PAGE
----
Wednesday, October 26, 2011

Deadly Remington Model 1858

Army and Weapons | Deadly Remington Model 1858 | Eliphalet Remington & Sons produced a percussion 0.36 - (Marine) or 0.44 - (Army) caliber handgun during the American Civil War of 1861 and later. Known as the Remington New Model, was used by Union soldiers, and the great advantages over the standard issue Colt Army Model 1860. It was expensive and those who could afford it, noted for its durability and ability to quickly reload by switching to a different pre-loaded cylinder. It also saw use in the American West, both in the original set and percussion as a metallic cartridge conversion.

The Remington is a single-action six-shot percussion revolver produced by E. Remington & Sons, Ilion, NY, on the basis of Fordyce Beals patent of September 14, 1858 (Patent 21,478). The Remington Army revolver large frame, in .44 caliber, with an 8 inch barrel length. The Remington Navy revolver was slightly smaller frame than the army, and the 0.36 caliber with a 7.375-inch [Beals Navy 7.5 inch] barrel length. There were three progressive models, the Remington-Beals Army & Navy (1860-1862), the 1861 Army & Navy (1862-1863), and the New Model Army & Navy (1863-1875). The three models are almost identical in size and appearance. Subtle but noticeable differences in the hammer, loading lever, cylinder, and help identify each model. The 1861 Remington actually moved to New Model by end of 1862, transforming slowly throughout 1862, as a result of continuous improvement suggestions from the U.S. Ordnance Department.
By the time of the Civil War, most percussion revolvers fired with commercially made combustible cartridges, made from a powder envelope (usually paper cartridge) glued to the base of a conical bullet. The treated envelope self-consumed upon firing. To load a combustible cartridge cases had a first envelope in every room and solid loading lever, the process continues until all six chambers were loaded. After all six chambers were loaded, placing a percussion cap on each of the six nipples on the back of the cylinder prepared the gun for firing. The six chambers of a revolver cylinder can also be charged a room at a time, by dropping into a powder charge of a bottle, followed by seats or a round ball or conical bullet in every room, with the loading lever . To prevent chain firing (also known as "cross-firing") of the black powder loading and black powder fouling, fat (such as tallow) reduction was often placed in each room on the top of the charged projectile. Combustible cartridge bullets were already pre-lubricated with beeswax, so lubrication step was unnecessary. The final step was to load and capping the combustible cartridge loading method described previously.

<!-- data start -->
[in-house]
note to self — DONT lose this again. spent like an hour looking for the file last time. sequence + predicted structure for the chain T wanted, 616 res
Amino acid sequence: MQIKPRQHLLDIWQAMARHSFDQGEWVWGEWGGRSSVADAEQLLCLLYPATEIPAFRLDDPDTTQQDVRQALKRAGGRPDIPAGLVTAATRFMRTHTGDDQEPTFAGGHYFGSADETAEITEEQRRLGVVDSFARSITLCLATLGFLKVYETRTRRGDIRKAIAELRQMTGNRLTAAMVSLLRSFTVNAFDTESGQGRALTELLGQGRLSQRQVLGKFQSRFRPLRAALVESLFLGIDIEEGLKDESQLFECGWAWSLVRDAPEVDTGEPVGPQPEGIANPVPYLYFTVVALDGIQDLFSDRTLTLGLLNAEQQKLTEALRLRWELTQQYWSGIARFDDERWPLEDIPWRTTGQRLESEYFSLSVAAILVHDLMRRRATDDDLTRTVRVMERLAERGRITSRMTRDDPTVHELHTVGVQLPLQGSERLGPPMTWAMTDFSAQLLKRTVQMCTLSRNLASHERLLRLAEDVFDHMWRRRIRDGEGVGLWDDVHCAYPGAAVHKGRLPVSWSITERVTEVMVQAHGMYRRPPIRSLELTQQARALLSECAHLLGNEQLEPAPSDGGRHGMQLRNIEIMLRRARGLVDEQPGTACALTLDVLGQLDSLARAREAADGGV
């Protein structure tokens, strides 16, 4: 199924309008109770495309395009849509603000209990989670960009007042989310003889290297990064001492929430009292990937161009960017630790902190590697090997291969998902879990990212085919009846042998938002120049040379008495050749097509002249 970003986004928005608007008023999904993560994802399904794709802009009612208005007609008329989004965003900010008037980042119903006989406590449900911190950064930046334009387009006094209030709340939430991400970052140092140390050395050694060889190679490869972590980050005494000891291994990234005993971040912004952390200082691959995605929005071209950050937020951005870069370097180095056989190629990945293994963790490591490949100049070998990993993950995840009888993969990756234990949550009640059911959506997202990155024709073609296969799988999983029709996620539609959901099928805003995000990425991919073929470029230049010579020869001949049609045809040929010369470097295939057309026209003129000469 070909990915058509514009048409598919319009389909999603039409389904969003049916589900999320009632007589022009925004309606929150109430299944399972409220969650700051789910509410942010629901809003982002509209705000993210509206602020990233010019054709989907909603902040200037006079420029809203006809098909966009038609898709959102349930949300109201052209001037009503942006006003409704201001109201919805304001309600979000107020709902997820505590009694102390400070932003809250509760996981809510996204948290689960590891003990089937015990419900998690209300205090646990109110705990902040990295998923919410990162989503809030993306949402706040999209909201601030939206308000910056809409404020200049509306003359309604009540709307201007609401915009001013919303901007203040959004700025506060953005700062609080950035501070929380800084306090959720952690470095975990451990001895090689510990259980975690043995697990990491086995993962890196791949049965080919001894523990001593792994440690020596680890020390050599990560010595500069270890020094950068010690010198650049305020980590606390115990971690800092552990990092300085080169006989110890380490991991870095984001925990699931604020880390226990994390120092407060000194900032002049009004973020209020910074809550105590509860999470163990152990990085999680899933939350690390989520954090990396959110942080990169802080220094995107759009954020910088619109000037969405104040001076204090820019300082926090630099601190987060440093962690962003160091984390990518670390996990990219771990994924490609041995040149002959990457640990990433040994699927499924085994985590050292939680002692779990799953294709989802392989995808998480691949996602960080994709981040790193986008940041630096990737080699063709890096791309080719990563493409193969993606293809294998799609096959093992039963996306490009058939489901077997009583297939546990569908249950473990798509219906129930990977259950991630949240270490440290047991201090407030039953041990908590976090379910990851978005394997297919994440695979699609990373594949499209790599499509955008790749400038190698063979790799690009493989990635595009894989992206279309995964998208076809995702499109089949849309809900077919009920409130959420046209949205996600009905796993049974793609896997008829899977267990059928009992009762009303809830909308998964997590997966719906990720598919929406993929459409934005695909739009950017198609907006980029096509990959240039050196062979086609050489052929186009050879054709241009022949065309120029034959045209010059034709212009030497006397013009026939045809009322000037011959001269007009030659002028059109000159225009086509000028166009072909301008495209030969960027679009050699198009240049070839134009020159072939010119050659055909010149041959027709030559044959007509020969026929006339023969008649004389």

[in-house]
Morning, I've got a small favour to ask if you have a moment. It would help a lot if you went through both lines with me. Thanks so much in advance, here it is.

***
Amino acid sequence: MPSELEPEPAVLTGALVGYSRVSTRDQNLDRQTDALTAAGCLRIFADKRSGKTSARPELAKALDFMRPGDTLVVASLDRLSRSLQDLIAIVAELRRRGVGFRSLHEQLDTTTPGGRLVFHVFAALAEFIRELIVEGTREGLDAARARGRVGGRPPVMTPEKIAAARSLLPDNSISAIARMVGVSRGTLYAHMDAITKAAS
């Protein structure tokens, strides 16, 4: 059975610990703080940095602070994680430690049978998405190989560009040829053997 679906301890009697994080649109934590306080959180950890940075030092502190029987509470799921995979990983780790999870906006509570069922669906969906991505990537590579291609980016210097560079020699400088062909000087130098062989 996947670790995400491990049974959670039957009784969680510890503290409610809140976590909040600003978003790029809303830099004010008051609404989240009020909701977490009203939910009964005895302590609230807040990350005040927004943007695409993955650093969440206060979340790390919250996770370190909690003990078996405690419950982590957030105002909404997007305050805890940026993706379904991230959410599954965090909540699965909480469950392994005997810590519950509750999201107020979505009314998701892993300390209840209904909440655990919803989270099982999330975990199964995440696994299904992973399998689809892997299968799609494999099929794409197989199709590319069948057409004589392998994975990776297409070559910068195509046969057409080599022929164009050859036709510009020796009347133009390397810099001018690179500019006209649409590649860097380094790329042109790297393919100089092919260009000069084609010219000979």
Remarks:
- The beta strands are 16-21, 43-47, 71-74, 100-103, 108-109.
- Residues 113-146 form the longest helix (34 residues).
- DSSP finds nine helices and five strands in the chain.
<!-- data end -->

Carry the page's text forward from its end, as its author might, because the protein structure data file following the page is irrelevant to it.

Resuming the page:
The combustible cartridge loading method gun loading accelerated greatly simplifies management of ammunition, and were loading the method used by the U.S. Ordnance Department just before the Civil War.
Remington percussion revolvers are very accurate, and capable of substantial power with muzzle velocities in the range of 550 to 1000 + meters per second, depending on the cargo loaded by the shooter. Combustible cartridge speeds average 700 to 900 meters per second (270 m / s), depending on powder quality, cost and weight conical bullet. Combustibles were usually loaded with a special high-performance sports quality black powder, using the minimum cost necessary for a given impact level, usually determined by pine penetration testing. The special powder and low cost less black powder fouling, allowing guns to be fired as much as possible before cleaning was necessary.